ABC News’ Devin Dwyer reports: With prospects of immigration reform this year continuing to fade, a bipartisan duo of Senators has asked Homeland Security Secretary Janet Napolitano to halt deportation of some undocumented immigrants who first arrived in this country illegally as children.
Illinois Democrat Sen. Dick Durbin and Indiana Republican Sen. Richard Lugar, who made the request in a letter to Napolitano Wednesday, are pushing a bill that would grant legal status to students who came to the U.S. before the age of 15, have no criminal records, and completed schooling or military service. It would not extend protection to illegal immigrant parents.
“The DREAM Act is narrowly tailored to assist only a select group of young people, many of whom came here with their parents at an age when they were too young to understand the consequences of their actions,” the senators wrote. Their situation “is just such a complicated issue which requires the common-sense, practical solution of deferred action.”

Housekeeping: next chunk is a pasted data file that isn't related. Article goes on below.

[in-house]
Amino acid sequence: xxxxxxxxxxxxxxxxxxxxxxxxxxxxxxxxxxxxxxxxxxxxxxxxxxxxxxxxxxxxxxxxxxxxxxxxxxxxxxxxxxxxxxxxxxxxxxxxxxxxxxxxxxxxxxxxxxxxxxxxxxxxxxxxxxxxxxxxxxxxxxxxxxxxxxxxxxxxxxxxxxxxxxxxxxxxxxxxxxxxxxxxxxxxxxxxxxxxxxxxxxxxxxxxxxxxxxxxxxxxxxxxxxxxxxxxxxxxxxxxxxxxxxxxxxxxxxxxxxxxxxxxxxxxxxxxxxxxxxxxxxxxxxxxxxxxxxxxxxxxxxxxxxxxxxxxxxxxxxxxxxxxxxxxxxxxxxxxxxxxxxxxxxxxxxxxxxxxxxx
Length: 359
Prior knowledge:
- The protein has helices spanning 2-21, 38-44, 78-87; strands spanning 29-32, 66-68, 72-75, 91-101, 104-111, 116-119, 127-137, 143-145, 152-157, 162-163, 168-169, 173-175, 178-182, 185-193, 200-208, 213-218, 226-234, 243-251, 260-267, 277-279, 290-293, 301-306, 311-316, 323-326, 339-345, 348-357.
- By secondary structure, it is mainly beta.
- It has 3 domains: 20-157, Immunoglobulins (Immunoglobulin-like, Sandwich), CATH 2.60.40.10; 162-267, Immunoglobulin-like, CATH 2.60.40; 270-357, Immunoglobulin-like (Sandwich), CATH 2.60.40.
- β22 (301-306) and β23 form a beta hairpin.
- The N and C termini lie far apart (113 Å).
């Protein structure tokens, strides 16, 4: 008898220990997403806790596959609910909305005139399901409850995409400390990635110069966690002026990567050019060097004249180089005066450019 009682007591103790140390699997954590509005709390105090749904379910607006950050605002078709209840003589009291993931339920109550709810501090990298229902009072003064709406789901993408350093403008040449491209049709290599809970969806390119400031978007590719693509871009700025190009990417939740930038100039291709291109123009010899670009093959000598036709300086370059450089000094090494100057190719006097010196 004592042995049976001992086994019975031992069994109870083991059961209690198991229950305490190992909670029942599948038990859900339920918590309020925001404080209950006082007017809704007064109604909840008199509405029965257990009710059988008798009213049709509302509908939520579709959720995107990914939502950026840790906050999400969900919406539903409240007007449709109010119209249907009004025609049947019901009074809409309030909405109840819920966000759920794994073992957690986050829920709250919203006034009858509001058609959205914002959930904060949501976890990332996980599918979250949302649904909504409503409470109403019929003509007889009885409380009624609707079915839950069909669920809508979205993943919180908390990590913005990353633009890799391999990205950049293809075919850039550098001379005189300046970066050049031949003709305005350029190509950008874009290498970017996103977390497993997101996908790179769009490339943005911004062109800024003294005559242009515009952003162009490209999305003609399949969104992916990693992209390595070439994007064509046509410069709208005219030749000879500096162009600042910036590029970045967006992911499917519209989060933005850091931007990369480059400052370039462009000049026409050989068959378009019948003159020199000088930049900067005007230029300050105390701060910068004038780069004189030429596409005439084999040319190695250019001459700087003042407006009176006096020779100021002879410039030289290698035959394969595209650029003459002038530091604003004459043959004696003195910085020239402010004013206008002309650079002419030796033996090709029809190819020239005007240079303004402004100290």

The senators argue deportation of DREAM Act-eligible students is already not a priority of Immigration and Customs Enforcement and that making deferred action official policy would “conserve limited enforcement resources.”
Napolitano has testified in support of the DREAM Act and said she envisions an immigration enforcement policy that relies heavily on “common-sense, practical solutions.” The Department of Homeland Security did not immediately respond to requests for comment on the senators’ letter.
Aides to Sen. Durbin say they have not received a response from the Secretary either but concede that replies can take several days.
Earlier this year when asked if U.S. Immigration and Customs Enforcement still deports DREAM Act-eligible students, agency spokesman Brandon Alvarez-Montgomery said "we continue to investigate and review cases that meet our priorities and further our mission to protect the United States from immigration violators that are threats to our national security and public safety."
The senators’ letter shows “officials on both sides of the aisle are willing to make the policy changes necessary to stave off the self-imposed brain-drain caused by our broken immigration system,” said Tyler Moran, policy director at the National Immigration Law Center.
But Congress has so far showed little appetite for moving forward on legislation, including the narrowly-focused DREAM Act which Sens. Durbin and Lugar introduced in March separate from comprehensive immigration reform proposals on the Hill.
ABC News' Z. Byron Wolf contributed to this report.